I've been reading a book called Legacy Of Ashes, which is an exhaustive history of the CIA since its founding more than 50 years ago through to 2007. Reading spy stories is always enthralling, but surprisingly, the book is a fascinating case study in management.
What are the pains and aspirations of your customer? Does your product truly solve your customers problems? And fulfill its promise of doing something in a better way? Most startups wrestle with these questions at their outset, when they are in the customer discovery and customer validation phases of the lean startup cycle. But all startups should reevaluate these questions periodically. After all, a company's customers evolve with time and so do their jobs. The product-market fit assumptions that held true six months or year ago or three years ago may no longer be valid.
It's hard to overstate how powerful negative churn is for a SaaS company. Both New Relic and Zendesk have grown to billion-dollar-plus publicly traded businesses by achieving fantastic negative churn figures: 114% and 120% respectively. in other words, each year existing customers pay these businesses 14 and 20% more than last year. The recent 2014 SaaS benchmark survey aggregated by Pacific Crest and Matrix indicates that expansion revenue accounts for between 8-26% of total annual bookings, increasing as the company scales.
At the DEMO conference, Danielle Morrill, the founder and CEO of Mattermark presented an impressive statistic. Seed, Series A, Series B and Later Stage startups employ 1M people, up from 650,000 just six months ago, according to Mattermark's data sources.
Hortonworks filed their S-1 last week. Reading through the document, I noticed the company had quite a substantial fraction of professional services revenue; 41% of trailing 12 month revenue is services. Of the companies we have studied in our S-1 analyses], Hortonworks generates more professional services revenue as a fraction of total revenue than any other company. But, many companies do book a meaningful amount of revenue from professional services. The chart above shows Veeva, Workday, Responses and MobileIron each generate 20% or more of their revenues from professional services (PS).
Negative churn is an incredibly attractive characteristic of a SaaS company because it means that customer accounts are like high-yield savings accounts. Every month, more money comes in, without much effort. This is a powerful effect and can fuel SaaS companies to huge success, as we saw in New Relic's S-1. The concept of negative churn is a bit amorphous so let's illustrate the impact on a startup.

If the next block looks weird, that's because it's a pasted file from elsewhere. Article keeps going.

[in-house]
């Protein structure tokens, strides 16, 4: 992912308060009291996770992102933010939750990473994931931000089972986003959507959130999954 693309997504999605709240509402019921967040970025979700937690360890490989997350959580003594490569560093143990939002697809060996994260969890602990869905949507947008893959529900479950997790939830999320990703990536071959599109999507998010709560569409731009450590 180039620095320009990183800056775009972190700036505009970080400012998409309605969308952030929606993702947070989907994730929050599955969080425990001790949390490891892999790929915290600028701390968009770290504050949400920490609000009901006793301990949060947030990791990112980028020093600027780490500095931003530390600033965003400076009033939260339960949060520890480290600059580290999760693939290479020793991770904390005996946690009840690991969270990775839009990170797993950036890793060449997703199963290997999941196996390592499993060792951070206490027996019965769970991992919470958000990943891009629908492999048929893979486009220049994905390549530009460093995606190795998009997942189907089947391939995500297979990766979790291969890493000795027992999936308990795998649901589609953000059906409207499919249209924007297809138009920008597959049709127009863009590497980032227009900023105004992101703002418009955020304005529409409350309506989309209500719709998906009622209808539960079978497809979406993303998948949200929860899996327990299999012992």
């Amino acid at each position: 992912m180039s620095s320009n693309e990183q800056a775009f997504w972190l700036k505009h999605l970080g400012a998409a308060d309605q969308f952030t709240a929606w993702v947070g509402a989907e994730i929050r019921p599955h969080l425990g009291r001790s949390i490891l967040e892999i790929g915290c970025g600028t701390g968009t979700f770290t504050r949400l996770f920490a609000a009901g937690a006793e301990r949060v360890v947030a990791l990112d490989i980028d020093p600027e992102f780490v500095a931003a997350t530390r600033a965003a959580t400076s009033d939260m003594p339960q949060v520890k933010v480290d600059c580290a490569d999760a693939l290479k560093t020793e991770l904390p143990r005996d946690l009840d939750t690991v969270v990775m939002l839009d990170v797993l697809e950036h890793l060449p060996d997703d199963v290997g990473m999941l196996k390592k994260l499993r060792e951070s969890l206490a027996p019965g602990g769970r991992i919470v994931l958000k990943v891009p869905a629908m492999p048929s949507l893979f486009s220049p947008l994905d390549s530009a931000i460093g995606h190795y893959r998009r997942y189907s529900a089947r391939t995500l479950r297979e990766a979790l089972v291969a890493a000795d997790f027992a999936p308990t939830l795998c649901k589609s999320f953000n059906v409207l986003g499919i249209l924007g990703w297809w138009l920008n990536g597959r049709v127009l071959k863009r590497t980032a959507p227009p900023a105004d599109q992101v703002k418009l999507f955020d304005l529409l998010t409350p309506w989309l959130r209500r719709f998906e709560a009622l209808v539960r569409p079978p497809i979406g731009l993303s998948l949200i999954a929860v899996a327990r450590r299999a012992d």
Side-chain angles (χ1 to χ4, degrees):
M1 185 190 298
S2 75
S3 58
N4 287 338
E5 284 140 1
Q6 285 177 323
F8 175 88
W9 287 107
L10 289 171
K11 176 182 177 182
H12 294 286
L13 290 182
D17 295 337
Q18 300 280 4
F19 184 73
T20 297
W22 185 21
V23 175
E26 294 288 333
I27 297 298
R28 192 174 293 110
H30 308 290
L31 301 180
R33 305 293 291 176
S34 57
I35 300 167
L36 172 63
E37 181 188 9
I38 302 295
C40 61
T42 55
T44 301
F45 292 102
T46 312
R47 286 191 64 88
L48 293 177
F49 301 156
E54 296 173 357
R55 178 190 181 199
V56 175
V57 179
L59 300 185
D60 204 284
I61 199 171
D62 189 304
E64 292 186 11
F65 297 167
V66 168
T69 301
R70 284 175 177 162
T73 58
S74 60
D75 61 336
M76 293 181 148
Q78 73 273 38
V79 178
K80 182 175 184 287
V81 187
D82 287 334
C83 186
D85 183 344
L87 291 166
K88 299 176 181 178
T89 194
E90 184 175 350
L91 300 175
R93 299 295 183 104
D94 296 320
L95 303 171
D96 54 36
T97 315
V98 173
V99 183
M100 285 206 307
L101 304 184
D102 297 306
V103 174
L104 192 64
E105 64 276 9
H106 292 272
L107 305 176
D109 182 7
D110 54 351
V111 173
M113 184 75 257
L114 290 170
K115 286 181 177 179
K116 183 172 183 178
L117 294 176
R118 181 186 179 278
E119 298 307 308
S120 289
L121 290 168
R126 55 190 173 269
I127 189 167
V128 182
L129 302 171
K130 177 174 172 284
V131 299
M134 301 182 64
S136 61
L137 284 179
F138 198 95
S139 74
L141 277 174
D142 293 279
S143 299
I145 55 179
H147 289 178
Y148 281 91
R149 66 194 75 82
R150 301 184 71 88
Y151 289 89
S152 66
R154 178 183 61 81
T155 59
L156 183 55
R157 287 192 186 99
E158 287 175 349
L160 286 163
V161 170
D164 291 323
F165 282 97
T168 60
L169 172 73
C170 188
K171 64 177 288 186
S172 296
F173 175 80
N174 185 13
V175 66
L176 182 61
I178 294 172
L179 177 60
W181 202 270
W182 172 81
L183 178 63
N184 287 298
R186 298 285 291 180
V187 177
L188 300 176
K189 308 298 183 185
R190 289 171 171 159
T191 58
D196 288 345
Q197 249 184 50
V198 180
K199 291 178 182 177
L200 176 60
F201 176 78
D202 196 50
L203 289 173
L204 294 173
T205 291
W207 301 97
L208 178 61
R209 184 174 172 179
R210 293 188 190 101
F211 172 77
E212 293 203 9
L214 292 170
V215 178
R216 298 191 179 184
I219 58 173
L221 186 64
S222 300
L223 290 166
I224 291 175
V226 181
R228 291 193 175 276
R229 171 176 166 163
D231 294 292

New Relic is San Francisco based, 534 person company providing tools for engineers to understand how well their code is performing. The company operates in the Application Performance Management category, which New Relic calls Software Analytics. Engineers insert code into their applications which sends data to New Relic's servers. New Relic processes this data and provides interactive reports to identify underperforming code. New Relic charges by the server; the more computers monitored, the greater the subscription fee. Today, the company counts 250,000 users and 10,590 paying customers. An interesting sidenote: the name New Relic is an anagram of the founder's name, Lew Cirne.
At the beginning, a startup is only people, a group of friends who share a passion to change the world in some way. There is no product, no brand, no management team, no PR, no swag, no internal processes, no hierarchy. Over time, by virtue of all the effort of the people within the company, startups evolve into semi-autonomous machines; machines that acquire and serve customers with a great product in exchange for revenue.
The modern SaaS startup asks marketing to fill the top of the funnel, sales to qualify and close leads, and customer success to retain customers. Conceptually, this trinity works in unison to grow a business rapidly. But sometimes, SaaS companies struggle with this model, particularly when churn rates increase in a business.